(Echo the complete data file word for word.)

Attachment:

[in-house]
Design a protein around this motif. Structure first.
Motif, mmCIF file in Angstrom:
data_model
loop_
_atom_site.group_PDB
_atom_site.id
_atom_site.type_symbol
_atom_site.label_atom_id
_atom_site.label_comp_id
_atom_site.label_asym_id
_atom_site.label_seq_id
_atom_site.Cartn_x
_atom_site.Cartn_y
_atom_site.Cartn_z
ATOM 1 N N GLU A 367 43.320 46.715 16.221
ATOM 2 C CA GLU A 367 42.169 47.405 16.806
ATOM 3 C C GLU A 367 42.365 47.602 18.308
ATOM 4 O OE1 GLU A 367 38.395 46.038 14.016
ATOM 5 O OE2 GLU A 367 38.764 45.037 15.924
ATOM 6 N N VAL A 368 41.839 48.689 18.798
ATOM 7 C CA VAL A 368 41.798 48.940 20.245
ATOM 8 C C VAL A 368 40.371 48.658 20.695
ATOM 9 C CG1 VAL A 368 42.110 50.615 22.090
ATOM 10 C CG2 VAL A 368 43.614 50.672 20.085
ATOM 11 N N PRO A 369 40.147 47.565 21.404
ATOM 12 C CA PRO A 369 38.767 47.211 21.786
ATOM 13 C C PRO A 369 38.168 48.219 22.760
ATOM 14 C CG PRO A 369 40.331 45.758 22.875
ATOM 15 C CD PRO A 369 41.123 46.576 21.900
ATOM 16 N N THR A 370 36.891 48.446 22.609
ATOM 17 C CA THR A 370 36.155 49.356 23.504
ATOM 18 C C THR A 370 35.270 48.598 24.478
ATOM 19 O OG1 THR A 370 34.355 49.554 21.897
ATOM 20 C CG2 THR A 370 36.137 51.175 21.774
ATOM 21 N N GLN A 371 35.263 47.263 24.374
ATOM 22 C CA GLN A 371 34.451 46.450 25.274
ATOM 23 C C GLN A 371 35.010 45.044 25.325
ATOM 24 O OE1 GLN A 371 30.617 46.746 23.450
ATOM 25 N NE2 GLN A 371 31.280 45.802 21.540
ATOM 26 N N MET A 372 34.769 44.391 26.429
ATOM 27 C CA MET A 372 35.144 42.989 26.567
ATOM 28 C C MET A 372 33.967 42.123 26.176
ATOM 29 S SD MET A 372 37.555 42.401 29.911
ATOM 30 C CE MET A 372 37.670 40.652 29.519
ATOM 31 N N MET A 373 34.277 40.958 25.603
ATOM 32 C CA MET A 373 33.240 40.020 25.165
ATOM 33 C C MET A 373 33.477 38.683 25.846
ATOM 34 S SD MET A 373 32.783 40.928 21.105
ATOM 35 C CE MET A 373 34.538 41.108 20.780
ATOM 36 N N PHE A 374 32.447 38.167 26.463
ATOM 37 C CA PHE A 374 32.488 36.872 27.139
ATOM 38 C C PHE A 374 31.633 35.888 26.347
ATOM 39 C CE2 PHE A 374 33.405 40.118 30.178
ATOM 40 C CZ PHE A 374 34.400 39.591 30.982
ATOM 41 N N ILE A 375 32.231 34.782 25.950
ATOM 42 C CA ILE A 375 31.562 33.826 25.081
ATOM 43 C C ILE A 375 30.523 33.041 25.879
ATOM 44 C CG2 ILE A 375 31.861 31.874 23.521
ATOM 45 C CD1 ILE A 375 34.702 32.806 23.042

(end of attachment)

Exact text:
[in-house]
Design a protein around this motif. Structure first.
Motif, mmCIF file in Angstrom:
data_model
loop_
_atom_site.group_PDB
_atom_site.id
_atom_site.type_symbol
_atom_site.label_atom_id
_atom_site.label_comp_id
_atom_site.label_asym_id
_atom_site.label_seq_id
_atom_site.Cartn_x
_atom_site.Cartn_y
_atom_site.Cartn_z
ATOM 1 N N GLU A 367 43.320 46.715 16.221
ATOM 2 C CA GLU A 367 42.169 47.405 16.806
ATOM 3 C C GLU A 367 42.365 47.602 18.308
ATOM 4 O OE1 GLU A 367 38.395 46.038 14.016
ATOM 5 O OE2 GLU A 367 38.764 45.037 15.924
ATOM 6 N N VAL A 368 41.839 48.689 18.798
ATOM 7 C CA VAL A 368 41.798 48.940 20.245
ATOM 8 C C VAL A 368 40.371 48.658 20.695
ATOM 9 C CG1 VAL A 368 42.110 50.615 22.090
ATOM 10 C CG2 VAL A 368 43.614 50.672 20.085
ATOM 11 N N PRO A 369 40.147 47.565 21.404
ATOM 12 C CA PRO A 369 38.767 47.211 21.786
ATOM 13 C C PRO A 369 38.168 48.219 22.760
ATOM 14 C CG PRO A 369 40.331 45.758 22.875
ATOM 15 C CD PRO A 369 41.123 46.576 21.900
ATOM 16 N N THR A 370 36.891 48.446 22.609
ATOM 17 C CA THR A 370 36.155 49.356 23.504
ATOM 18 C C THR A 370 35.270 48.598 24.478
ATOM 19 O OG1 THR A 370 34.355 49.554 21.897
ATOM 20 C CG2 THR A 370 36.137 51.175 21.774
ATOM 21 N N GLN A 371 35.263 47.263 24.374
ATOM 22 C CA GLN A 371 34.451 46.450 25.274
ATOM 23 C C GLN A 371 35.010 45.044 25.325
ATOM 24 O OE1 GLN A 371 30.617 46.746 23.450
ATOM 25 N NE2 GLN A 371 31.280 45.802 21.540
ATOM 26 N N MET A 372 34.769 44.391 26.429
ATOM 27 C CA MET A 372 35.144 42.989 26.567
ATOM 28 C C MET A 372 33.967 42.123 26.176
ATOM 29 S SD MET A 372 37.555 42.401 29.911
ATOM 30 C CE MET A 372 37.670 40.652 29.519
ATOM 31 N N MET A 373 34.277 40.958 25.603
ATOM 32 C CA MET A 373 33.240 40.020 25.165
ATOM 33 C C MET A 373 33.477 38.683 25.846
ATOM 34 S SD MET A 373 32.783 40.928 21.105
ATOM 35 C CE MET A 373 34.538 41.108 20.780
ATOM 36 N N PHE A 374 32.447 38.167 26.463
ATOM 37 C CA PHE A 374 32.488 36.872 27.139
ATOM 38 C C PHE A 374 31.633 35.888 26.347
ATOM 39 C CE2 PHE A 374 33.405 40.118 30.178
ATOM 40 C CZ PHE A 374 34.400 39.591 30.982
ATOM 41 N N ILE A 375 32.231 34.782 25.950
ATOM 42 C CA ILE A 375 31.562 33.826 25.081
ATOM 43 C C ILE A 375 30.523 33.041 25.879
ATOM 44 C CG2 ILE A 375 31.861 31.874 23.521
ATOM 45 C CD1 ILE A 375 34.702 32.806 23.042